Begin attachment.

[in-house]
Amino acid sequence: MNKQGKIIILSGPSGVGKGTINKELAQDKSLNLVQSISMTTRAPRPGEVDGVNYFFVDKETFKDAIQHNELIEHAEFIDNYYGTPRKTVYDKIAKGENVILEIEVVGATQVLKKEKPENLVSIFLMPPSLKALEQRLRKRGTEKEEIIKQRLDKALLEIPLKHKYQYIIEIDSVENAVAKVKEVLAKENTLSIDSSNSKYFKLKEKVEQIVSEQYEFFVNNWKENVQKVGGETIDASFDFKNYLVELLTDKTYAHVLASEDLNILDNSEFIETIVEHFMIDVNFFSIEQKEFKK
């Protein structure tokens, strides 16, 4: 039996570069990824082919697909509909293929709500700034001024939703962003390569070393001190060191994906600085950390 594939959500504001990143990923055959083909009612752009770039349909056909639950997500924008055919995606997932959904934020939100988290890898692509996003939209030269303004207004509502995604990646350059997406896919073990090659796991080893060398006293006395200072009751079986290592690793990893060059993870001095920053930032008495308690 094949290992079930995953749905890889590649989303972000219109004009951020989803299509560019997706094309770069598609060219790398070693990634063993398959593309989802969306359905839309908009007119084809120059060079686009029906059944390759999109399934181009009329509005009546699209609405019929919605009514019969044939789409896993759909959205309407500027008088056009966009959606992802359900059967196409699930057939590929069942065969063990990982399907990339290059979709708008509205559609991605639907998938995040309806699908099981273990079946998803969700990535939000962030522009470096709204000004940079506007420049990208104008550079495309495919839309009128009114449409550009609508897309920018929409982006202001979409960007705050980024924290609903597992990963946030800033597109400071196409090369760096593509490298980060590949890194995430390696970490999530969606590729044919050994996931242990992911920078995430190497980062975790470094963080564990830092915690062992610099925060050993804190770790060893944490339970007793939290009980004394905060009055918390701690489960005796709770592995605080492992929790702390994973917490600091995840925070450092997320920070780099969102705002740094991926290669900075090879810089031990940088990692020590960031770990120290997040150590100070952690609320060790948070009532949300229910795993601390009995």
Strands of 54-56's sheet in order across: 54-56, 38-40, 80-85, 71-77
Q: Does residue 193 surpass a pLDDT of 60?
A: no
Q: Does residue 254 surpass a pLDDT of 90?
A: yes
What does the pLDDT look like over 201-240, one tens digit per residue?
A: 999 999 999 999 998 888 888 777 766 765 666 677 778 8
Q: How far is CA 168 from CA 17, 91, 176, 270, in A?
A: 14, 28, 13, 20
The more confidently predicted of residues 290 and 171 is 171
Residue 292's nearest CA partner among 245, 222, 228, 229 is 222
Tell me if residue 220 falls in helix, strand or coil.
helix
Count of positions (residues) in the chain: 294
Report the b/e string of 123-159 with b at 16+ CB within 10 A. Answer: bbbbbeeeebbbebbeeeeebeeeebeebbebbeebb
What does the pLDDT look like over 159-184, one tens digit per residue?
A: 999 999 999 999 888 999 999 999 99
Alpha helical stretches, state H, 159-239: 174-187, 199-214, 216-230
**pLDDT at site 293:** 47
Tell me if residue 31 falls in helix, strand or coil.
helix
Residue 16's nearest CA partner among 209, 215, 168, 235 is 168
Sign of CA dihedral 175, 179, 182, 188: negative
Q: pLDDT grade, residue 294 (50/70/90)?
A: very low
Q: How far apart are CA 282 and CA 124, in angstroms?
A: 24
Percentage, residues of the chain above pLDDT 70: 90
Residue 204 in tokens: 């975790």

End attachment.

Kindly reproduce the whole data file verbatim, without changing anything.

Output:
[in-house]
Amino acid sequence: MNKQGKIIILSGPSGVGKGTINKELAQDKSLNLVQSISMTTRAPRPGEVDGVNYFFVDKETFKDAIQHNELIEHAEFIDNYYGTPRKTVYDKIAKGENVILEIEVVGATQVLKKEKPENLVSIFLMPPSLKALEQRLRKRGTEKEEIIKQRLDKALLEIPLKHKYQYIIEIDSVENAVAKVKEVLAKENTLSIDSSNSKYFKLKEKVEQIVSEQYEFFVNNWKENVQKVGGETIDASFDFKNYLVELLTDKTYAHVLASEDLNILDNSEFIETIVEHFMIDVNFFSIEQKEFKK
């Protein structure tokens, strides 16, 4: 039996570069990824082919697909509909293929709500700034001024939703962003390569070393001190060191994906600085950390 594939959500504001990143990923055959083909009612752009770039349909056909639950997500924008055919995606997932959904934020939100988290890898692509996003939209030269303004207004509502995604990646350059997406896919073990090659796991080893060398006293006395200072009751079986290592690793990893060059993870001095920053930032008495308690 094949290992079930995953749905890889590649989303972000219109004009951020989803299509560019997706094309770069598609060219790398070693990634063993398959593309989802969306359905839309908009007119084809120059060079686009029906059944390759999109399934181009009329509005009546699209609405019929919605009514019969044939789409896993759909959205309407500027008088056009966009959606992802359900059967196409699930057939590929069942065969063990990982399907990339290059979709708008509205559609991605639907998938995040309806699908099981273990079946998803969700990535939000962030522009470096709204000004940079506007420049990208104008550079495309495919839309009128009114449409550009609508897309920018929409982006202001979409960007705050980024924290609903597992990963946030800033597109400071196409090369760096593509490298980060590949890194995430390696970490999530969606590729044919050994996931242990992911920078995430190497980062975790470094963080564990830092915690062992610099925060050993804190770790060893944490339970007793939290009980004394905060009055918390701690489960005796709770592995605080492992929790702390994973917490600091995840925070450092997320920070780099969102705002740094991926290669900075090879810089031990940088990692020590960031770990120290997040150590100070952690609320060790948070009532949300229910795993601390009995």
Strands of 54-56's sheet in order across: 54-56, 38-40, 80-85, 71-77
Q: Does residue 193 surpass a pLDDT of 60?
A: no
Q: Does residue 254 surpass a pLDDT of 90?
A: yes
What does the pLDDT look like over 201-240, one tens digit per residue?
A: 999 999 999 999 998 888 888 777 766 765 666 677 778 8
Q: How far is CA 168 from CA 17, 91, 176, 270, in A?
A: 14, 28, 13, 20
The more confidently predicted of residues 290 and 171 is 171
Residue 292's nearest CA partner among 245, 222, 228, 229 is 222
Tell me if residue 220 falls in helix, strand or coil.
helix
Count of positions (residues) in the chain: 294
Report the b/e string of 123-159 with b at 16+ CB within 10 A. Answer: bbbbbeeeebbbebbeeeeebeeeebeebbebbeebb
What does the pLDDT look like over 159-184, one tens digit per residue?
A: 999 999 999 999 888 999 999 999 99
Alpha helical stretches, state H, 159-239: 174-187, 199-214, 216-230
**pLDDT at site 293:** 47
Tell me if residue 31 falls in helix, strand or coil.
helix
Residue 16's nearest CA partner among 209, 215, 168, 235 is 168
Sign of CA dihedral 175, 179, 182, 188: negative
Q: pLDDT grade, residue 294 (50/70/90)?
A: very low
Q: How far apart are CA 282 and CA 124, in angstroms?
A: 24
Percentage, residues of the chain above pLDDT 70: 90
Residue 204 in tokens: 């975790």